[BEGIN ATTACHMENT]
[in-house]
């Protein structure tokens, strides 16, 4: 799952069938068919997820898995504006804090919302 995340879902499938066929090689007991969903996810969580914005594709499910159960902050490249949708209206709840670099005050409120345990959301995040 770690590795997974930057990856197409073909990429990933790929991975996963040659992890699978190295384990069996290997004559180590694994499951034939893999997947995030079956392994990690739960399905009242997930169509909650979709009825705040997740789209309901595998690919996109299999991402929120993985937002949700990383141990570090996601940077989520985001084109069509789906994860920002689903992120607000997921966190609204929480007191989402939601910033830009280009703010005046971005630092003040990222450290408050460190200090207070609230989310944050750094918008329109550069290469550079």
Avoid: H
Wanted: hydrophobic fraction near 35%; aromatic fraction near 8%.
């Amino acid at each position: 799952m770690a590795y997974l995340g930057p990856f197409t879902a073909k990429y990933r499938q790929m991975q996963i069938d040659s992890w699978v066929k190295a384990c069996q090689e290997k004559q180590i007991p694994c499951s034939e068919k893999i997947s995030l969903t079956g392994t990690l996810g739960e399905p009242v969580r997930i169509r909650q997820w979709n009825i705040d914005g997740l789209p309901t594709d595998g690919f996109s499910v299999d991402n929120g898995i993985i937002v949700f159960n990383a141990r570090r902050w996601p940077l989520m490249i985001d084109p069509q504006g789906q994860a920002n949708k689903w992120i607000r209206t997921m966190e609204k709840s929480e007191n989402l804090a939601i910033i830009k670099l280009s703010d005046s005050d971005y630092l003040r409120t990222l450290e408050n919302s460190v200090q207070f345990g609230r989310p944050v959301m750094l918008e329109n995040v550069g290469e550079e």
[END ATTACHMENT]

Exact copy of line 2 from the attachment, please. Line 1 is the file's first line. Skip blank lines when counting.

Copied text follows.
């Protein structure tokens, strides 16, 4: 799952069938068919997820898995504006804090919302 995340879902499938066929090689007991969903996810969580914005594709499910159960902050490249949708209206709840670099005050409120345990959301995040 770690590795997974930057990856197409073909990429990933790929991975996963040659992890699978190295384990069996290997004559180590694994499951034939893999997947995030079956392994990690739960399905009242997930169509909650979709009825705040997740789209309901595998690919996109299999991402929120993985937002949700990383141990570090996601940077989520985001084109069509789906994860920002689903992120607000997921966190609204929480007191989402939601910033830009280009703010005046971005630092003040990222450290408050460190200090207070609230989310944050750094918008329109550069290469550079």